Much of the weakness last quarter reflected a slowdown in consumer spending, which grew at an annual rate of just 2.2 percent, compared with a 3 percent rate in the previous quarter.
The U.S. economy grew at a slightly faster rate in the summer than previously reported, mainly because businesses restocked their goods at a stronger pace than first thought.
U.S. hiring showed a strong downturn in September, and job gains for July and August were lower than previously thought, a sour note for a labor market that had been steadily improving.
Employers added 215,000 jobs in July and the unemployment rate held at a seven-year low of 5.3 percent, possible signs of further progress in the U.S. labor market that’s keeping the Federal Reserve on the path toward raising interest rates as soon as next month.
The rate fell mostly because many people out of work gave up on their job searches and were no longer counted as unemployed. Average hourly pay was flat.
The trend indicates that employers are confident enough in future consumer demand to retain their staffs. The number of people receiving benefits fell 50,000 to 2.22 million.
The U.S. economy skidded to a near halt in the first three months of the year, battered by a triple whammy of harsh weather, plunging exports and sharp cutbacks in oil and gas drilling.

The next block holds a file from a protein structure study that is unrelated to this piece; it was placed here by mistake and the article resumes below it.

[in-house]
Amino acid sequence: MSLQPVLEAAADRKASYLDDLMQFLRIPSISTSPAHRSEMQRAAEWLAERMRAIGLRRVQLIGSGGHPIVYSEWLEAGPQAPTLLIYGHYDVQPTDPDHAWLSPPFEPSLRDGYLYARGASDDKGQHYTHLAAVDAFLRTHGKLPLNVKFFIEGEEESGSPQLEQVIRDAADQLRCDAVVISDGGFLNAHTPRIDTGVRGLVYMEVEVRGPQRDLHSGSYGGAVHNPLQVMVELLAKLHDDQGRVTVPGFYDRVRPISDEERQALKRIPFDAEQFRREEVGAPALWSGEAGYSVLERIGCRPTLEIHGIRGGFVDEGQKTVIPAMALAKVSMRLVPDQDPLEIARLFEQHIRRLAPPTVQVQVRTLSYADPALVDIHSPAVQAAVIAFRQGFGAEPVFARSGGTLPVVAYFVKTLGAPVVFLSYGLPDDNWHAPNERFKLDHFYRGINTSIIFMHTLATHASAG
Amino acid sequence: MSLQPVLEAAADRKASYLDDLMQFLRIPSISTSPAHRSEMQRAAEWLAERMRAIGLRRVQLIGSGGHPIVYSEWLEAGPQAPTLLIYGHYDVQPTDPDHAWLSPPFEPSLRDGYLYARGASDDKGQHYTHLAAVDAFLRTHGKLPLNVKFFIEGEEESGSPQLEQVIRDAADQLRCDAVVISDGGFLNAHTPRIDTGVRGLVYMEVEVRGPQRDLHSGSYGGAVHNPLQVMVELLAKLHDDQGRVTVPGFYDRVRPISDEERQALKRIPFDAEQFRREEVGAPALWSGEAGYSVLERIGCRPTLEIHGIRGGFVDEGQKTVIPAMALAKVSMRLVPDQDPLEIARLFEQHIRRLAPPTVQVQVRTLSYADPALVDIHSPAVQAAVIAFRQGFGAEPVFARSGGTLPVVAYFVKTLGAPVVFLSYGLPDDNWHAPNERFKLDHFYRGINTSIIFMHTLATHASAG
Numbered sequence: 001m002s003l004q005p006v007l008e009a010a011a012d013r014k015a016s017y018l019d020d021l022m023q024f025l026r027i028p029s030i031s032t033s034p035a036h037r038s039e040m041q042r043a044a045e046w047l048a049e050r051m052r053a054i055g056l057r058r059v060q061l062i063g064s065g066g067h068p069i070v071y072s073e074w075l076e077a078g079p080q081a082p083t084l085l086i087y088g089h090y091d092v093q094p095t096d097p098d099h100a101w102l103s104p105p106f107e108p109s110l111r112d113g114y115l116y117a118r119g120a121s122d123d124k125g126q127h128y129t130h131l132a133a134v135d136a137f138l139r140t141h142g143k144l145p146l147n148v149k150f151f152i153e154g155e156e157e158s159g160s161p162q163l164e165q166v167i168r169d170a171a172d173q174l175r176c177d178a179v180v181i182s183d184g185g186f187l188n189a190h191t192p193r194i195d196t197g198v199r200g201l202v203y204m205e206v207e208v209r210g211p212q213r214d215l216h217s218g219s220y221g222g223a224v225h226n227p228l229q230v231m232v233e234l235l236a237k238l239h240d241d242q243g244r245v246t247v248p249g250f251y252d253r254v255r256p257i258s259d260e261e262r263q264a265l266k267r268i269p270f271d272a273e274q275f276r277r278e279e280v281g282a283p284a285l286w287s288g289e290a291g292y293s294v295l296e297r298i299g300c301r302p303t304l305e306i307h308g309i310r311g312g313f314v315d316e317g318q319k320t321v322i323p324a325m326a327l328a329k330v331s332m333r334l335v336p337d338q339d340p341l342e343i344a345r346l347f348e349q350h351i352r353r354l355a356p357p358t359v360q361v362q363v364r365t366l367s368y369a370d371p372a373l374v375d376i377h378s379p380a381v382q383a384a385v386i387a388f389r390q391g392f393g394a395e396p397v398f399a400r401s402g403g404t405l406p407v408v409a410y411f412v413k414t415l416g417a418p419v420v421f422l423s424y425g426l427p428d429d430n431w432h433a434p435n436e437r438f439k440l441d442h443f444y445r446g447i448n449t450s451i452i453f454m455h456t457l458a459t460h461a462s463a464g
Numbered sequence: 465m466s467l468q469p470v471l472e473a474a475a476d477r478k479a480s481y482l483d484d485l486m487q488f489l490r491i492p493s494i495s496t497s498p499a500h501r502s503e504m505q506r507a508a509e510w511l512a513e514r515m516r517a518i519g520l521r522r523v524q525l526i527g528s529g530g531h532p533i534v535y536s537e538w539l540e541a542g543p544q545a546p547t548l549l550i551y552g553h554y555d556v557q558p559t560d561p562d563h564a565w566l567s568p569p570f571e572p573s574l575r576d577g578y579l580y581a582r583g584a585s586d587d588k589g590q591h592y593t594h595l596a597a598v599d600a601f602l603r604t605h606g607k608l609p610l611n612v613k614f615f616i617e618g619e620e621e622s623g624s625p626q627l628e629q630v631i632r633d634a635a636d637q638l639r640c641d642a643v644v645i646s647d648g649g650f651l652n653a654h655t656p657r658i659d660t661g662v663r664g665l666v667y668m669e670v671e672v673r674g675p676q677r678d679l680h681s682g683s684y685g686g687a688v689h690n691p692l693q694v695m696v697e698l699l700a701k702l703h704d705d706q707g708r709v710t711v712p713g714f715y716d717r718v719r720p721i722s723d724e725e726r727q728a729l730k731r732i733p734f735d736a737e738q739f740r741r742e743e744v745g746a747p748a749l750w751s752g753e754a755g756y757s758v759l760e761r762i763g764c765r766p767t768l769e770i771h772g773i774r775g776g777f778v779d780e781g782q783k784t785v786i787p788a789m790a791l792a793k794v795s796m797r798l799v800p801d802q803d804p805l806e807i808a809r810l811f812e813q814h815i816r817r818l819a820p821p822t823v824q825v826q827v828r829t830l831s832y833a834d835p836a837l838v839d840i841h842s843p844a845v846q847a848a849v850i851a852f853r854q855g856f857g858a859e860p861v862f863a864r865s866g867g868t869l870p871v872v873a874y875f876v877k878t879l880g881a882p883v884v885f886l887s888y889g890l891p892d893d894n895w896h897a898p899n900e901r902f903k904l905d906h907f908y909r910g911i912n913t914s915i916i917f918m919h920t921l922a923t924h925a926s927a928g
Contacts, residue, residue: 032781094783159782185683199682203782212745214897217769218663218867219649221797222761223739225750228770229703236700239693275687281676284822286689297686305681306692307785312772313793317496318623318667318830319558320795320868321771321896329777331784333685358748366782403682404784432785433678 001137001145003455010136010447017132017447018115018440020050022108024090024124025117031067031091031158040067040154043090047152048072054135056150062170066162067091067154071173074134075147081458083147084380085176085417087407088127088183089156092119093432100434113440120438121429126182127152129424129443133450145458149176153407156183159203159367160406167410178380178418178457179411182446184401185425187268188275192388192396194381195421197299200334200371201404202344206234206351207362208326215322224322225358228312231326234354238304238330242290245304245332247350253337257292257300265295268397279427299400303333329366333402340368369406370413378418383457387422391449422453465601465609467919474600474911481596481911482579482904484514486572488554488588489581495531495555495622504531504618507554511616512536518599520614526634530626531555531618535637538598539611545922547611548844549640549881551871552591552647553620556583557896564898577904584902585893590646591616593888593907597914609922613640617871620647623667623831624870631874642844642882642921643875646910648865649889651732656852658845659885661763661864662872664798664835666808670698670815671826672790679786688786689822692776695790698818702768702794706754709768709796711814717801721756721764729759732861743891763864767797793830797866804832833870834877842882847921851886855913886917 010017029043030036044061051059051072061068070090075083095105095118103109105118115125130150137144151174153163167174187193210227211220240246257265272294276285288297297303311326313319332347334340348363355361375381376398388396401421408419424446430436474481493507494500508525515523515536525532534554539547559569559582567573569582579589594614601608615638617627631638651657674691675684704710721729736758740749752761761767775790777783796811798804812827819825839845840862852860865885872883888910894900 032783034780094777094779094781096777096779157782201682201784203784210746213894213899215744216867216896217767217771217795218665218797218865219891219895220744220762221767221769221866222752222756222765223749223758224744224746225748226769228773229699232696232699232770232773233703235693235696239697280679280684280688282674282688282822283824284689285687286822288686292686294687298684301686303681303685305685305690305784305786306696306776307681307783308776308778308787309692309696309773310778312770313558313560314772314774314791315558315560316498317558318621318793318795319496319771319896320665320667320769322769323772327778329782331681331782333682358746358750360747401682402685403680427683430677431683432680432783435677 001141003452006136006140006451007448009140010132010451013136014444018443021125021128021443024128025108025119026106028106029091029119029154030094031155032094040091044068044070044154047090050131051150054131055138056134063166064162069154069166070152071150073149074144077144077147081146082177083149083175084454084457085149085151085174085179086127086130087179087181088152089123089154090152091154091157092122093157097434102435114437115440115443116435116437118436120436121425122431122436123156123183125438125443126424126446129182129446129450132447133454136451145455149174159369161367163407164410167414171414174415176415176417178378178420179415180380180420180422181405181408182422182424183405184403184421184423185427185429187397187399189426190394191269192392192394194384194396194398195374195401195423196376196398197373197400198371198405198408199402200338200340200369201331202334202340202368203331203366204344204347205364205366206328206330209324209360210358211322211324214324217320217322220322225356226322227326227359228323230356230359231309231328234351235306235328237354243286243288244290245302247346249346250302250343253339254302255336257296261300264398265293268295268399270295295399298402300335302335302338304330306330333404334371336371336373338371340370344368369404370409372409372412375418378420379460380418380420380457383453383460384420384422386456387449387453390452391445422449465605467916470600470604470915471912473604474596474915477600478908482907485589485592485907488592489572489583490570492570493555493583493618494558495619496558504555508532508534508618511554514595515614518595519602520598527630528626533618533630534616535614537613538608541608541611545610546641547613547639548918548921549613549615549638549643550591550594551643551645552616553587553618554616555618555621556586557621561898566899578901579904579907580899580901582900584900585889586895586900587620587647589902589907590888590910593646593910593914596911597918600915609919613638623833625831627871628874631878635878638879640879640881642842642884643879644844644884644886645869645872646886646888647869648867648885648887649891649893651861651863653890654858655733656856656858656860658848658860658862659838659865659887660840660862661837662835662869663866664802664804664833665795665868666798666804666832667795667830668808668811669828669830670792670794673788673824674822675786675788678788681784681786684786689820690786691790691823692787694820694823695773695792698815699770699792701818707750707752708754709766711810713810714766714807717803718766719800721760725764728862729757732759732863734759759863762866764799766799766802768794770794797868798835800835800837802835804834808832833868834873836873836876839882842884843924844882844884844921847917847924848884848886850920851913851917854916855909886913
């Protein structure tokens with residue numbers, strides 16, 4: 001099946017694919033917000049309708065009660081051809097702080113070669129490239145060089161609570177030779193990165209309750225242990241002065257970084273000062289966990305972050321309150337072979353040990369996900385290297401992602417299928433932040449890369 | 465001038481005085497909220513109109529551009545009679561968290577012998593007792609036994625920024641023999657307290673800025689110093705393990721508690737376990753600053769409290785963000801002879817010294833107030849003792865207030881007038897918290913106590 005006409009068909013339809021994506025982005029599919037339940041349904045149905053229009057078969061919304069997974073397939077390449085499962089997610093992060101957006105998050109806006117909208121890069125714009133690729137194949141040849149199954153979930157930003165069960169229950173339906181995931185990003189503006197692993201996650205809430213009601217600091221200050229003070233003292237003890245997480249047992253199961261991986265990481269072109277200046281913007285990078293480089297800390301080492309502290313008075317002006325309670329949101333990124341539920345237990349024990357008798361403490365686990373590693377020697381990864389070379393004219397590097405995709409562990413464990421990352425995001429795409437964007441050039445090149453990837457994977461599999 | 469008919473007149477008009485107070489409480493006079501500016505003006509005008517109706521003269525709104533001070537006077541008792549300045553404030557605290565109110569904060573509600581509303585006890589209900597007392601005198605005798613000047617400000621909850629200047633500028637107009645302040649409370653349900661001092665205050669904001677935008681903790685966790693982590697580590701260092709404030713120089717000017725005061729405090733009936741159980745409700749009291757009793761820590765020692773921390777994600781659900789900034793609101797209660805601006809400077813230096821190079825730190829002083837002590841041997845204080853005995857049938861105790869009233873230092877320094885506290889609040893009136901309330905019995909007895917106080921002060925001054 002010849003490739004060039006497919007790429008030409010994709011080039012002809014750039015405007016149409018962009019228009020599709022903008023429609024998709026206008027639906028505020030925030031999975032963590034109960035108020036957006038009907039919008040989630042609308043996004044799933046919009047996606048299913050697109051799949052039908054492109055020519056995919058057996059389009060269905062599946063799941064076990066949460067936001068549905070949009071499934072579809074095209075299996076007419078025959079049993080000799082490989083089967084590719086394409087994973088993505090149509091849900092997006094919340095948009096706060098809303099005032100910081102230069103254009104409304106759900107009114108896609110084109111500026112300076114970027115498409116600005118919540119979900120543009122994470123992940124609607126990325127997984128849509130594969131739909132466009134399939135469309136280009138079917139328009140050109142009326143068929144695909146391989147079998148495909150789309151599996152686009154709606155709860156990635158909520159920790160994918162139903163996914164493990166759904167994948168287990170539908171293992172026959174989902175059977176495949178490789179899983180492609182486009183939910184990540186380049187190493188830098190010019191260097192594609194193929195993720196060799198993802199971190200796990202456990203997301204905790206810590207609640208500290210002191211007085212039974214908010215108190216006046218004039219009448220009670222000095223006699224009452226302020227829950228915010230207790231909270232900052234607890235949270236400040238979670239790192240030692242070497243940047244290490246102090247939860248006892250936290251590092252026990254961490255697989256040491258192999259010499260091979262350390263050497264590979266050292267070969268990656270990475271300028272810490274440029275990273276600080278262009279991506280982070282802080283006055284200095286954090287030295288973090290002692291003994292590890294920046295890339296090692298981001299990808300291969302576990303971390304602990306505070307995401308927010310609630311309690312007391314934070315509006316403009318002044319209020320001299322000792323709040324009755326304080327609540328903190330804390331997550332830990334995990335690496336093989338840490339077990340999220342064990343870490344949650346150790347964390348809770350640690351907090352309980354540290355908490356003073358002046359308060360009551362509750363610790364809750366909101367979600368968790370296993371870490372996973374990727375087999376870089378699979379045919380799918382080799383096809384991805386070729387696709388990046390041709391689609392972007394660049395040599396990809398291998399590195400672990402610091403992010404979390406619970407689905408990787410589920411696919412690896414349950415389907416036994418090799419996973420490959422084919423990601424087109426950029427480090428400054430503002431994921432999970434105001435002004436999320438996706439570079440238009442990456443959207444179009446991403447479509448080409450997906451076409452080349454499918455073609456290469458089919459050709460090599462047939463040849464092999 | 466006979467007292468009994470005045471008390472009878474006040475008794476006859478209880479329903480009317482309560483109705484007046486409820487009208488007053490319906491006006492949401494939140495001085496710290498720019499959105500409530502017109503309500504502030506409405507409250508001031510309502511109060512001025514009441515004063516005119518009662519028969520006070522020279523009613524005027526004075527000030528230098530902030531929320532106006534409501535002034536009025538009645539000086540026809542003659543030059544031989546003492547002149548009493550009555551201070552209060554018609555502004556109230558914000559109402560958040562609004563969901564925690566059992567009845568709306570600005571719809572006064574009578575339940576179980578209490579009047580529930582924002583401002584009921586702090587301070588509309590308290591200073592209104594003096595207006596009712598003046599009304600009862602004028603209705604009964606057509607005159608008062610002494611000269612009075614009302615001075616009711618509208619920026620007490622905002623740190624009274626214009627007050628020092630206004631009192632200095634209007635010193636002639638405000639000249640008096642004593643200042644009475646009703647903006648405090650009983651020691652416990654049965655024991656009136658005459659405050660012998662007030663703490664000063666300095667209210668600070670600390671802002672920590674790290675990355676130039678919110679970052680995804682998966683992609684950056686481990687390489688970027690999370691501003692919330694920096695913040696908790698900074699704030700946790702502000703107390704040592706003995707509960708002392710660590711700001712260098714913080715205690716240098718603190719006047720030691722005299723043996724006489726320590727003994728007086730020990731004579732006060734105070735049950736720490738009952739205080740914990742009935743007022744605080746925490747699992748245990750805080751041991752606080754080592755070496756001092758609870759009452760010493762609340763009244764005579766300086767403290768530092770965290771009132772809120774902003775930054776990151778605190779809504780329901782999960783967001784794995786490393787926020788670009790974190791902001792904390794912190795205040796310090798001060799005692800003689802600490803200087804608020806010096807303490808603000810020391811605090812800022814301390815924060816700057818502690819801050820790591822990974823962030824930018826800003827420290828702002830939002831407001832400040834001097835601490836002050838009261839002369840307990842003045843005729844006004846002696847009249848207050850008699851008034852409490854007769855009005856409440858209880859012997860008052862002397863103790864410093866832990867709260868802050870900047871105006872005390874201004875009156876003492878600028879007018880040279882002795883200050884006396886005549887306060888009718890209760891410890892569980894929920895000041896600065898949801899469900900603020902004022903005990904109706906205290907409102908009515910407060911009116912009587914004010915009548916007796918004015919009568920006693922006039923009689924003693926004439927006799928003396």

Orders to U.S. factories for long-lasting manufactured goods bounced back in January, rising by the largest amount in six months, although much of the strength came from a big jump in airplane orders.
Personal income rose 0.3 percent in December, aided by the steady wave of hiring over the past year. But rather than spend those gains, consumers saved more of their disposable income.
The sizzling rate gives credence to many analysts who think U.S. growth is finally set to accelerate. More people are working and have money to spend.
Hiring last month was broad-based but particularly concentrated in retail, temporary services and transportation and warehousing.
After Tuesday's midterm elections, exit polling showed how little falling unemployment has resonated. Most voters said they cast their ballots out of fear for the economy.
Employers have now added at least 200,000 jobs for nine straight months, the longest such stretch since 1995.
A survey of Harvard Business School alumni released Monday reveals a series of trends that are widening income disparities and may be weakening the ability of the U.S. economy to grow in the long term.